J. Fidalgo, S. Melis, A. Cezón, C. Prajanu, F.J. Mata, M. Azaola, GMV, Spain; C. Andreopoulos, C. Barry, J. Tena Vidal, M. Roda, University of Liverpool, UK; F.-C. Grec, ESA - ESTEC, Directorate of Navigation; L. Mendes, ESA - ESAC, Directorate of Science

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Abstract:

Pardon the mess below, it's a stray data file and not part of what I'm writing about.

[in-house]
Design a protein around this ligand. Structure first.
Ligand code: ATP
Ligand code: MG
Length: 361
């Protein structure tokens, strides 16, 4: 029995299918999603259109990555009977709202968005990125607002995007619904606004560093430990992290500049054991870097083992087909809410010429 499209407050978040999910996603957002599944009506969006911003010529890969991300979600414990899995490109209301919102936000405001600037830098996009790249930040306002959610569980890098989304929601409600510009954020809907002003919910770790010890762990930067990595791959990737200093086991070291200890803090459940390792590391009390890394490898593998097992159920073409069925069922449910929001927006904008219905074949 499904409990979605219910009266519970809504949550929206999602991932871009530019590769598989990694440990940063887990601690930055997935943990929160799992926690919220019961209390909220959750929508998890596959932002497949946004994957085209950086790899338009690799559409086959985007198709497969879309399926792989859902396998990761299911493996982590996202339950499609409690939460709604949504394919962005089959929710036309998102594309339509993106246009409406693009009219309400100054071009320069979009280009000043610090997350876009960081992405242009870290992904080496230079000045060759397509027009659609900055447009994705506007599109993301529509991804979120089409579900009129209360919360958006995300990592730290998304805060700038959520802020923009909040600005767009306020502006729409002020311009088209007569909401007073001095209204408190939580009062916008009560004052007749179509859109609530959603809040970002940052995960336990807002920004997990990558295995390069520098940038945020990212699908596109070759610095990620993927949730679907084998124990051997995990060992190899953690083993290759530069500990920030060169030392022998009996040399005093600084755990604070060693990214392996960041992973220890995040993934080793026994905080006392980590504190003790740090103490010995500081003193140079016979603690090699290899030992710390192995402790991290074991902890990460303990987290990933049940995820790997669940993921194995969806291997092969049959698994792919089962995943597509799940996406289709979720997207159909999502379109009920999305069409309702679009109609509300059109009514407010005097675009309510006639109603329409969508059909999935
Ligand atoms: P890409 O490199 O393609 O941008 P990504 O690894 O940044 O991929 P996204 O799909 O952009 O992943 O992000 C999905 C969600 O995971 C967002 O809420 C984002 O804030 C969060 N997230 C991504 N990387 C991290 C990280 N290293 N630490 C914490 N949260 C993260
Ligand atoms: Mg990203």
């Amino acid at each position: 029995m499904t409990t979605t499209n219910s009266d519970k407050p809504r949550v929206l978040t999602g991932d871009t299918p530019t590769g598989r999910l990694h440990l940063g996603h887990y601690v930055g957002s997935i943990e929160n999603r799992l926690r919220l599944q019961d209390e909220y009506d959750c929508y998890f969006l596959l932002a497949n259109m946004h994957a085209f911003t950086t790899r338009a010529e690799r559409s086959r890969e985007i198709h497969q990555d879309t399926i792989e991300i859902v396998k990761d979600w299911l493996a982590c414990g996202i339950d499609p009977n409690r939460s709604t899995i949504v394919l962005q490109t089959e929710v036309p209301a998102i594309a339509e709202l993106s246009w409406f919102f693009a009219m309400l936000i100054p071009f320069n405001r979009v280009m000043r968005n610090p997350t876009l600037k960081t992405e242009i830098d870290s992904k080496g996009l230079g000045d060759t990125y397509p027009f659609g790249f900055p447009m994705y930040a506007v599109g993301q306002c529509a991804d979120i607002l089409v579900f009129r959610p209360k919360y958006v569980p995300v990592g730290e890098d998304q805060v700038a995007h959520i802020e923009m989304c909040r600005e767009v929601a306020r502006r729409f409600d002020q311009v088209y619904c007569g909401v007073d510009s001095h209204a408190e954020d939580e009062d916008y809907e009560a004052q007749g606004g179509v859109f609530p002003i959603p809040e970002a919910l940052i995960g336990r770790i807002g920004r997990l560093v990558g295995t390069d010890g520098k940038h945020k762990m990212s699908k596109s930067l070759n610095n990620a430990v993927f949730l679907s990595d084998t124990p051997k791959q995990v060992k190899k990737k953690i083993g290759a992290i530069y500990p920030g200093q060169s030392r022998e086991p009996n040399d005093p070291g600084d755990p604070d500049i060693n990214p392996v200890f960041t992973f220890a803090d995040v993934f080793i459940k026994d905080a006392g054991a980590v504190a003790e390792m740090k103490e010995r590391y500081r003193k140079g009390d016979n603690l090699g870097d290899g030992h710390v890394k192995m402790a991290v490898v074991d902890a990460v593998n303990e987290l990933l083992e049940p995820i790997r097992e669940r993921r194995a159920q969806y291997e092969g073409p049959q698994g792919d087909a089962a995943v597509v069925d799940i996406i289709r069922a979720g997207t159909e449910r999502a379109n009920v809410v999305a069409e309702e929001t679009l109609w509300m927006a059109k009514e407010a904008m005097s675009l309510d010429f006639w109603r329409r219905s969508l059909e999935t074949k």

Neutrinos are among the most abundant particles in the universe, nearly massless, travel at speeds near the speed of light and are electrically neutral. Neutrinos can be generated through man-made sources like nuclear reactors and particle accelerators or by natural sources like the sun and other celestial bodies. Neutrinos only interact via the weak force and gravity. Since gravitational interaction is extremely weak and the weak force has a very short range, neutrinos can travel long distances unimpeded through matter, reaching places inaccessible for example to GNSS signals. Because of this characteristic different activities have been undertaken in the past by different research organizations, including NASA and Universities, with the goal of understanding and validating the use of neutrinos in communication or PNT applications. The main objective of this project is to sketch an early high-level design of a Neutrino PNT mission and analyze its feasibility for certain applications for which there are no other PNT technologies available, or if there are, they are too costly or provide poor performances. This high-level preliminary concept proposes Cyclotrons or Linear Accelerators based on the physical process Pion Decay at Rest as neutrino sources. For detecting such isotropic neutrino fluxes user equipment must be composed of a high-performance clock synchronized with the system, a detector and possibly additional sensors such as IMU. Preliminary trade-offs highlighted that submarine navigation could represent the primary driver behind the neutrino PNT mission. A feasibility analysis of the recommended system option is performed based on simulations for determining the neutrino detection rate and on a PNT tool to estimate the PNT performances. Although the submarine navigation application is not feasible with current technology, it could be realized with some important but reasonable progress in source and neutrino detector technology. Studying concepts for miniaturization of neutrino detectors, which at the same time provide acceptable detection rates, is an important key recommendation of this project.